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Thursday 14th March 2013


Low-volume manufacturers' CEOs indulge in some chopping and changing

There’s controversy afoot today with the news that Henrik Fisker has resigned completely from the company that bears his name. Fisker, founder of Fisker Automotive, cited “several major disagreements”  with Fisker’s board of directors on the future strategy of the business, but would give no further details on the nature of those disagreements.

Fisker was the man behind the Karma
Fisker was the man behind the Karma
The news is the latest in a long line of troubles to hit the pioneering car maker. Last year, it was reported that Fisker’s battery supplier, A123 Systems, was bankrupted, which halted battery production and, consequently, the Fisker production line. Fisker is also facing cashflow issues after Department of Energy loans were cancelled when Fisker didn’t manage to meet the production figures they were conditional upon. The company’s only model to make production so far, the Karma, has also been hit by a string of battery-related fires that led to a recall of 239 cars being issued at the end of last year. Whether these difficulties are related to Fisker's departure is as-yet unknown; neverthess, in a statement, the company said that "Mr Fisker's departure is not expected to impact the company's pursuit of strategic partnerships and financing to support Fisker Automotive's continued progress as a pioneer of low-emission hybrid electric powertrain technology."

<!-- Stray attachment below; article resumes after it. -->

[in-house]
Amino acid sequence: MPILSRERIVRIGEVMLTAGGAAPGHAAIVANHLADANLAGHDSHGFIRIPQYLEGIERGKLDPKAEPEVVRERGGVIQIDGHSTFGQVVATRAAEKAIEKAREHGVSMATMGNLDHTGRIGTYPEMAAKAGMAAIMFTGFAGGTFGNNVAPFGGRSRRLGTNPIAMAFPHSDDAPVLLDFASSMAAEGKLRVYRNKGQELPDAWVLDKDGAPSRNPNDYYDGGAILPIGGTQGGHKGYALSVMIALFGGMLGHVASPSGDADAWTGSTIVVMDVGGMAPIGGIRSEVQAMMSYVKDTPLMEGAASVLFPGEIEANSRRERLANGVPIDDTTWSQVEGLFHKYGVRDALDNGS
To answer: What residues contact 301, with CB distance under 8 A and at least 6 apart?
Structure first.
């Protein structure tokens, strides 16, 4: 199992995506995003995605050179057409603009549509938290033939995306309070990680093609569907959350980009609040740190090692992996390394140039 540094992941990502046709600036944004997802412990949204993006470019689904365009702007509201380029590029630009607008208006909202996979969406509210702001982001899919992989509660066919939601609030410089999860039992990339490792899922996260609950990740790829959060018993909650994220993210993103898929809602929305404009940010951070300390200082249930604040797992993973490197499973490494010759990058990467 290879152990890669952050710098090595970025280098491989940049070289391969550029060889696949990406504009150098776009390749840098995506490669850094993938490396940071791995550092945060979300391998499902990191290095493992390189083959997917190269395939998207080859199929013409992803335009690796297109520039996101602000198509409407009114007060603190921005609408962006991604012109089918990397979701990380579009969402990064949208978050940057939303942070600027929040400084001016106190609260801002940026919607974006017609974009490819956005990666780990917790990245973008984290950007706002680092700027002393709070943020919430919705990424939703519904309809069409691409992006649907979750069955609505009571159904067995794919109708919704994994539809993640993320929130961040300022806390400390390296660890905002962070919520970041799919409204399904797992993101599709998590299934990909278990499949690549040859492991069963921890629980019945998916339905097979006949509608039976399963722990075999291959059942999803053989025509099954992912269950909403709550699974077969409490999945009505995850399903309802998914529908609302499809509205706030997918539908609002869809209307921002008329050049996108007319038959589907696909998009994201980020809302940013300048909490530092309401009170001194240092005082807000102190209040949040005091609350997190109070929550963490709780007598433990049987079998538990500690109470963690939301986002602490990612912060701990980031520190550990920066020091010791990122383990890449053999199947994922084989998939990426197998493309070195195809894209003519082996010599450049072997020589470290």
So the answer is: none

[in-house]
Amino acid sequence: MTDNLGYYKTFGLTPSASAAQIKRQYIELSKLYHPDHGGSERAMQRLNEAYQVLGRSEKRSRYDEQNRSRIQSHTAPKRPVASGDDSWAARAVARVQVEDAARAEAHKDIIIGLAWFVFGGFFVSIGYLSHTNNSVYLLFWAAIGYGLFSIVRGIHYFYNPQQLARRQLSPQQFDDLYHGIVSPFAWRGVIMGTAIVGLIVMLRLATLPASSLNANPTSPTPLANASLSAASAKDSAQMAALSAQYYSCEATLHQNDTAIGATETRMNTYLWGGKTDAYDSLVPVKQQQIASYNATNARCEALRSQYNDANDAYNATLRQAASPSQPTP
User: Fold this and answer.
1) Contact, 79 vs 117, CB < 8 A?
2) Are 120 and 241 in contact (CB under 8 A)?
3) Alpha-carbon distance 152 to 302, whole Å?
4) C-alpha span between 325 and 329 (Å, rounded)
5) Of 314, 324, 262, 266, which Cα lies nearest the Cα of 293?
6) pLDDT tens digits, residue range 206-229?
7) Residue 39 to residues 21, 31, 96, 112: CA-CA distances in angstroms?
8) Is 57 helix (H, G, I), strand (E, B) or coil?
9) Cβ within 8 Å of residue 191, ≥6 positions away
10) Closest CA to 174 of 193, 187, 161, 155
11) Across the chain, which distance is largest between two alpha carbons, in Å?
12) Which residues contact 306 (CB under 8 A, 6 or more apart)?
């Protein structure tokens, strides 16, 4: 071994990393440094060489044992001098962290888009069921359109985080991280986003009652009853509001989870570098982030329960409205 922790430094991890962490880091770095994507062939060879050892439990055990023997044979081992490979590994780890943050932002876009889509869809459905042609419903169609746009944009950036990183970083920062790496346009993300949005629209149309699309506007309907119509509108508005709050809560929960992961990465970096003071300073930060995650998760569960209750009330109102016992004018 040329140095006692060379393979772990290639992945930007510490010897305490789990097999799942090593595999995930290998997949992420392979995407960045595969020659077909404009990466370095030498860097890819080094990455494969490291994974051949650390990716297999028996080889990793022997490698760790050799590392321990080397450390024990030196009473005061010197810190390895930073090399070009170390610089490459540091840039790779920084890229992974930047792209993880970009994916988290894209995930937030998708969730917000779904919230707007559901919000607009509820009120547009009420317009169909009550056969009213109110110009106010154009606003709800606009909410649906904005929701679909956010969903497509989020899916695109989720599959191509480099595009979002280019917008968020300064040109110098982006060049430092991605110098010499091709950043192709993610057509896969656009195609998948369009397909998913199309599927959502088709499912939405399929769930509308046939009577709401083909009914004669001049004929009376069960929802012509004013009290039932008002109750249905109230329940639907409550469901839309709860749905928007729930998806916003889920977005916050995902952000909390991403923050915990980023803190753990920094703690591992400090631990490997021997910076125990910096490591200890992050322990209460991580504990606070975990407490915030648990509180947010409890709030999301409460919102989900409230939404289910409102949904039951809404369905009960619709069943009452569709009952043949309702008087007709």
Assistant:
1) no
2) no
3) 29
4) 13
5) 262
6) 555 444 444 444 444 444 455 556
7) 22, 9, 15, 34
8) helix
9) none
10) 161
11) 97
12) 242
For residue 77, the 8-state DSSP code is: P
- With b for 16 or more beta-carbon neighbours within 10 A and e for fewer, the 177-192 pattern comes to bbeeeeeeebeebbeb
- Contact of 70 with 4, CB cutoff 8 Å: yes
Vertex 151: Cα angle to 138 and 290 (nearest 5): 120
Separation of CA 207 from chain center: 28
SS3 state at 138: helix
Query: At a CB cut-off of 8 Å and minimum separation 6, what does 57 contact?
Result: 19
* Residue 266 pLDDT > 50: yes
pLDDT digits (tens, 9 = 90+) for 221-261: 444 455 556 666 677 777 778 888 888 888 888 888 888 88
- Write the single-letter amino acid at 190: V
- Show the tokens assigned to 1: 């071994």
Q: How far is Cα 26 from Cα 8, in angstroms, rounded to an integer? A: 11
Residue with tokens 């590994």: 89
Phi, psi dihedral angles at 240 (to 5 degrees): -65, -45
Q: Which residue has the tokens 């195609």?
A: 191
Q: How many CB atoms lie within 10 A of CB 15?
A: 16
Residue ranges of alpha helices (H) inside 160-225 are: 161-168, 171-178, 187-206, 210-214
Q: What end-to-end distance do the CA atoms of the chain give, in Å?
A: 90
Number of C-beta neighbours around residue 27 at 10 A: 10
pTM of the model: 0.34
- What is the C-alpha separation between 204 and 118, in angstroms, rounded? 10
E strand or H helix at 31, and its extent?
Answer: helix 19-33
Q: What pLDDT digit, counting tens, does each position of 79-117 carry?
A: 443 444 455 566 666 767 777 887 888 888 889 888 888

Morgan's role 'will not change', says company
Morgan's role 'will not change', says company
Fisker isn’t the only low-volume CEO to be moving around, though. Autocar is this morning reporting that Charles Morgan has been replaced as managing director of his own company by former operations director Steve Morris. The decision was apparently made by board members and shareholders, though Morgan insists that the change was amicable and not driven by a lack of satisfaction with Charles Morgan’s performance. A statement from the company says that “Charles Morgan will concentrate on his vital role as the face of Morgan internationally, promoting the brand and selling the company’s products worldwide.” However, when we asked the company for a comment, a spokesperson told us that there’d be no change of role for Morgan, and that Morris had “simply become the MD”.

[Sources: Autocar]

Author: Alex Robbins
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